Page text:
Physics 102 Lecture 2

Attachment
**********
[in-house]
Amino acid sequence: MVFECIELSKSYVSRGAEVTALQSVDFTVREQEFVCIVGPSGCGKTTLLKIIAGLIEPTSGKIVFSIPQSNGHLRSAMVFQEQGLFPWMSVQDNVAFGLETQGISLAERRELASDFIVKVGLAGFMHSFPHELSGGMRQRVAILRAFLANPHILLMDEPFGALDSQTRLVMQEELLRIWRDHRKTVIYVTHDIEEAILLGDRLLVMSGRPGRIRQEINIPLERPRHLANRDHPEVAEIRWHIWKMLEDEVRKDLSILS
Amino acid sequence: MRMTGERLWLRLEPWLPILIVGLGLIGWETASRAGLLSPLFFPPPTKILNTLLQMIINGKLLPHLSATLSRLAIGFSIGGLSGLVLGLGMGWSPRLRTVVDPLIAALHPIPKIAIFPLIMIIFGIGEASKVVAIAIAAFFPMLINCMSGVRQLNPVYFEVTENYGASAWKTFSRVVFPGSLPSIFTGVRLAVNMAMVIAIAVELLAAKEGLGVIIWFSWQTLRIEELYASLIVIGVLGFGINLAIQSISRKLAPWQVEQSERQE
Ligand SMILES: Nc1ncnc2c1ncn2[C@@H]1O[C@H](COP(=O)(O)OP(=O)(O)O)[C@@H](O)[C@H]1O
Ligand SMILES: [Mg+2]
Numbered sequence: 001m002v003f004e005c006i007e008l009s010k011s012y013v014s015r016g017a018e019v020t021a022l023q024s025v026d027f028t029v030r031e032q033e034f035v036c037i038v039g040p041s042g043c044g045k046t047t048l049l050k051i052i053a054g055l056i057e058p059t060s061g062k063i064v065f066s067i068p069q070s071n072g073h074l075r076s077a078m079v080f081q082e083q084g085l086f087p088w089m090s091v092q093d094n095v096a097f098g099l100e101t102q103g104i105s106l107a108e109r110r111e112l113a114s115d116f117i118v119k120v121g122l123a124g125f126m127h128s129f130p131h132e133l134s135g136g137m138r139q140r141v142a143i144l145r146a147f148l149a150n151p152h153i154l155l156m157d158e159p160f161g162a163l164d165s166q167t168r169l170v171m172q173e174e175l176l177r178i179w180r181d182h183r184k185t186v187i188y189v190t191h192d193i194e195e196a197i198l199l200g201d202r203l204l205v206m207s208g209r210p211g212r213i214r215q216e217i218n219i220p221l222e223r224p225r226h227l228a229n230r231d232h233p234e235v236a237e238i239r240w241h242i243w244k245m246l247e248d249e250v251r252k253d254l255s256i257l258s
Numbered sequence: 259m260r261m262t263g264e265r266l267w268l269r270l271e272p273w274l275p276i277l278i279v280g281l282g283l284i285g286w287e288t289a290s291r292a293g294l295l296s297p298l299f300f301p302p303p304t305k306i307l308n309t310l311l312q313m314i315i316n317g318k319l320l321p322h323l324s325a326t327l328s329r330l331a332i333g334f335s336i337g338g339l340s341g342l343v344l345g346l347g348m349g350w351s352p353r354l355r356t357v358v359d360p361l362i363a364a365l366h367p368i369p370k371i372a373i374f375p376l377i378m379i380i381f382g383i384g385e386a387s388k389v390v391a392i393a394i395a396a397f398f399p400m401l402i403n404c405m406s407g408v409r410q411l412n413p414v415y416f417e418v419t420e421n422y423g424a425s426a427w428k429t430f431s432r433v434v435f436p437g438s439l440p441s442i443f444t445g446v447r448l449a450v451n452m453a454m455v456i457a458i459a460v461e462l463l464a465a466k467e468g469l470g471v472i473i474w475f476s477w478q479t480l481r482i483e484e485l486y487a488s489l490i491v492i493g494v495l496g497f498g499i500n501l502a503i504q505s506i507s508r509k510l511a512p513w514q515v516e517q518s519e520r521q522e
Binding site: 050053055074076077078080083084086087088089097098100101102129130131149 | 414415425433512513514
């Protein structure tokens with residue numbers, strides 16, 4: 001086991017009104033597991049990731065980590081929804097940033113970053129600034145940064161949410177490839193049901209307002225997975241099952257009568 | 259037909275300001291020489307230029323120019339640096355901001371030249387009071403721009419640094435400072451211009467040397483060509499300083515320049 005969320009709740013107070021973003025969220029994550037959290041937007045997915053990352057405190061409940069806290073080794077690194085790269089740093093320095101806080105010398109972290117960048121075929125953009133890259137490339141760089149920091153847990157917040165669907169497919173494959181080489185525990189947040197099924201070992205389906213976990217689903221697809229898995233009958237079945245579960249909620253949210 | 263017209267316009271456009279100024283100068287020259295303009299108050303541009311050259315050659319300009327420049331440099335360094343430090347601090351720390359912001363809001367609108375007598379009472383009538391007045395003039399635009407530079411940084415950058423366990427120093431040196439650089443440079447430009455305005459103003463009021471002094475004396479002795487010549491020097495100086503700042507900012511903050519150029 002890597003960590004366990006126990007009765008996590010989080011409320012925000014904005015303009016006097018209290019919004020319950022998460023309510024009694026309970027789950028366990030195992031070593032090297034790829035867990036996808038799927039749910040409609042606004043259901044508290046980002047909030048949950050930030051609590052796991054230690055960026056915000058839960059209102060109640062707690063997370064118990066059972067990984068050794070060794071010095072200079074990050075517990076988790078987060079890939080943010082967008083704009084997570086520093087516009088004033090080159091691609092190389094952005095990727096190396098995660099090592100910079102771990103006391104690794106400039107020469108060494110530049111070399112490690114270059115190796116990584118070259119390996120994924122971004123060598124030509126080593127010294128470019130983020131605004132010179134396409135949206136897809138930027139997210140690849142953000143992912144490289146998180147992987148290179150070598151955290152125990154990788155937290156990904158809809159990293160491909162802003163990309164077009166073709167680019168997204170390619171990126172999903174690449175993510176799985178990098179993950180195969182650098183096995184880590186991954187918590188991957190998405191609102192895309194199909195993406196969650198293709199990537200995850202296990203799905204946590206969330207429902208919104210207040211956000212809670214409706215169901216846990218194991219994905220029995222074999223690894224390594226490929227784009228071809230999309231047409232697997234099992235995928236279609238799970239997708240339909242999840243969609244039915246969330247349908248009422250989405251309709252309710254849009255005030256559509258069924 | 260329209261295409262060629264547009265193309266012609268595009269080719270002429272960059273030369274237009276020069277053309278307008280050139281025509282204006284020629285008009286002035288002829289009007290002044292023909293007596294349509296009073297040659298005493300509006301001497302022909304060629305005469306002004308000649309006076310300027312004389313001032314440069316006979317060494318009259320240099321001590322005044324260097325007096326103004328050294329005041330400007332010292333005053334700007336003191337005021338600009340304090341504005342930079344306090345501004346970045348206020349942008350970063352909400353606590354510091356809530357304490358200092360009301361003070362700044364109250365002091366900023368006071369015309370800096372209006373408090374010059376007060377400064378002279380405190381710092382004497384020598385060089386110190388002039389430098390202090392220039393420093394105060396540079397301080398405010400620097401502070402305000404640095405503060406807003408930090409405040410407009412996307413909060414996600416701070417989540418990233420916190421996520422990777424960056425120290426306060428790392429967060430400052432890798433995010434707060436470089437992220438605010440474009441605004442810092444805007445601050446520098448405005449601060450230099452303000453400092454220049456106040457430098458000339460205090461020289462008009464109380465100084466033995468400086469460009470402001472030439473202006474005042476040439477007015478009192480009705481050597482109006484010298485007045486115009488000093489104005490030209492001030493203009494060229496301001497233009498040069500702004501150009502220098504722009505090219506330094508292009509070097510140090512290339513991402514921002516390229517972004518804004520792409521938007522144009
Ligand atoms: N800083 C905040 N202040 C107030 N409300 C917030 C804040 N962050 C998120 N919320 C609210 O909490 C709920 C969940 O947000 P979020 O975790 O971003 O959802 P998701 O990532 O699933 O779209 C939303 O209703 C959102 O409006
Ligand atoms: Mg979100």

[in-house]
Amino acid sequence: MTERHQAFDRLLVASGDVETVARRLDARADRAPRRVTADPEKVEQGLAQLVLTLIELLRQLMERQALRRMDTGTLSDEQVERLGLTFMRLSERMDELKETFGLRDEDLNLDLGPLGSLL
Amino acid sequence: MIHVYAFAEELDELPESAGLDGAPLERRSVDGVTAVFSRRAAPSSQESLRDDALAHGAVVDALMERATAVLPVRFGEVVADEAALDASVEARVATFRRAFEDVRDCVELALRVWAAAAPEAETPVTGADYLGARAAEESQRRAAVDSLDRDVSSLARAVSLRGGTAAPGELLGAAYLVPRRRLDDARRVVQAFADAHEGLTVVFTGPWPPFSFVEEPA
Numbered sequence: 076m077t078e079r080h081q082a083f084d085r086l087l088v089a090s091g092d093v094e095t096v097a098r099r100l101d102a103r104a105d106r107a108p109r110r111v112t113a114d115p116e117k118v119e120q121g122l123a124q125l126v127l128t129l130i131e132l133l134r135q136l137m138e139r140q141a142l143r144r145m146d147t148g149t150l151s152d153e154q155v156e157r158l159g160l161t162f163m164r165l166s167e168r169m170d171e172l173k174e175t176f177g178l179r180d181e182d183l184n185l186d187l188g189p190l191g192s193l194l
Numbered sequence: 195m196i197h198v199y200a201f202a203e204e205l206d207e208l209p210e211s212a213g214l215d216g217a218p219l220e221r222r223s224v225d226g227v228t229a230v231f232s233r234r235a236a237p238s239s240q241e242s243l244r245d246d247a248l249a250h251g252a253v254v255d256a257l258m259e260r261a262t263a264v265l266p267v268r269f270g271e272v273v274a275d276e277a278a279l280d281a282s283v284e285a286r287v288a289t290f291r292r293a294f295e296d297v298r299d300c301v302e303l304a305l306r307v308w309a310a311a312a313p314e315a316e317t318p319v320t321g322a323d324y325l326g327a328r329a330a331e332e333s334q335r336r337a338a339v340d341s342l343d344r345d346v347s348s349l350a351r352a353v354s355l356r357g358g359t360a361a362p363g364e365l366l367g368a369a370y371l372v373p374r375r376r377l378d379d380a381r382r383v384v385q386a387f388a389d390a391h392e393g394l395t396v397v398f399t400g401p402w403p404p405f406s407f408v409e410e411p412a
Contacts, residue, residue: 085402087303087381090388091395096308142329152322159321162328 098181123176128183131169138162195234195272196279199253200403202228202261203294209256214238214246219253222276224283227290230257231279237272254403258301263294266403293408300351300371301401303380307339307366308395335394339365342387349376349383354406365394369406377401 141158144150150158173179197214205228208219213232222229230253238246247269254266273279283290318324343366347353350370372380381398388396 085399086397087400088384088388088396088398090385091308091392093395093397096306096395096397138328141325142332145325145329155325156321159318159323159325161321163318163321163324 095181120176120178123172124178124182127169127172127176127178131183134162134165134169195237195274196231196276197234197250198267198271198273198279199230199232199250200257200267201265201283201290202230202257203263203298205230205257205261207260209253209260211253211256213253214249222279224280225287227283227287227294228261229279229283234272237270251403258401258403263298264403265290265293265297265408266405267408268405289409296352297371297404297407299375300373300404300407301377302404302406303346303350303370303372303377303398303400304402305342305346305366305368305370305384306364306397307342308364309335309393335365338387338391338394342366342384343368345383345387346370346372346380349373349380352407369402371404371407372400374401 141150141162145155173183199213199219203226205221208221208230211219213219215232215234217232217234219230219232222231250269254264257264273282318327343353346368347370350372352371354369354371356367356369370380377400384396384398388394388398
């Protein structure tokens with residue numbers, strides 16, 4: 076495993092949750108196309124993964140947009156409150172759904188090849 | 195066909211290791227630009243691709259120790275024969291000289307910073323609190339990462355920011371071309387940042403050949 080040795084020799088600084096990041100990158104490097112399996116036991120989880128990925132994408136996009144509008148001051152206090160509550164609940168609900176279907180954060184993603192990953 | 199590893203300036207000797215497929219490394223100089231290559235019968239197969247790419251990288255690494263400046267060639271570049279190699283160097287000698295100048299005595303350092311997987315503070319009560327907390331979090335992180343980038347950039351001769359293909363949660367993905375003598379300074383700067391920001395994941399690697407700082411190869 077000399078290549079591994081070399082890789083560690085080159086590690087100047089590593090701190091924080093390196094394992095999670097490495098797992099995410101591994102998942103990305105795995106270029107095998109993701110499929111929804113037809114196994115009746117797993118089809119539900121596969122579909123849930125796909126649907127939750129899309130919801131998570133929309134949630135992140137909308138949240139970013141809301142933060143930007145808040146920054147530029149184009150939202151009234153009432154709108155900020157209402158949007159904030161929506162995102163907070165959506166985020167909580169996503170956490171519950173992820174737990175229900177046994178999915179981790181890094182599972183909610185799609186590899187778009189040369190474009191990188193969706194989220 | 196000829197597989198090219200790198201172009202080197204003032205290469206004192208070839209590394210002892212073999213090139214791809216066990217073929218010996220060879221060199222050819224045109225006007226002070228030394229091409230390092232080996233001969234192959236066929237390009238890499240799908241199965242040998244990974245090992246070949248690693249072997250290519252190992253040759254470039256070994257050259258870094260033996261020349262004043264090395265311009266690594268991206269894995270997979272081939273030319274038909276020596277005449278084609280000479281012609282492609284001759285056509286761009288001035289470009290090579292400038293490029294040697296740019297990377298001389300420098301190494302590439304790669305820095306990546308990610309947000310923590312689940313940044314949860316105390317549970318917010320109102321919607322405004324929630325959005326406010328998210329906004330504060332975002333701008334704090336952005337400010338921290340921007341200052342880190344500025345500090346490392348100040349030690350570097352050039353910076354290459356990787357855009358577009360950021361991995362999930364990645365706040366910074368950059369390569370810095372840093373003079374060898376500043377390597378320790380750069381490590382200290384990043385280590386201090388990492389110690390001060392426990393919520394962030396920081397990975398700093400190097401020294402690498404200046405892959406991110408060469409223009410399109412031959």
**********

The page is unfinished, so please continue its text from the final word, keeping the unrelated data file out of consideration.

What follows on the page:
Physics 102 Lecture 2 - Electric Fields - why? Problem: -...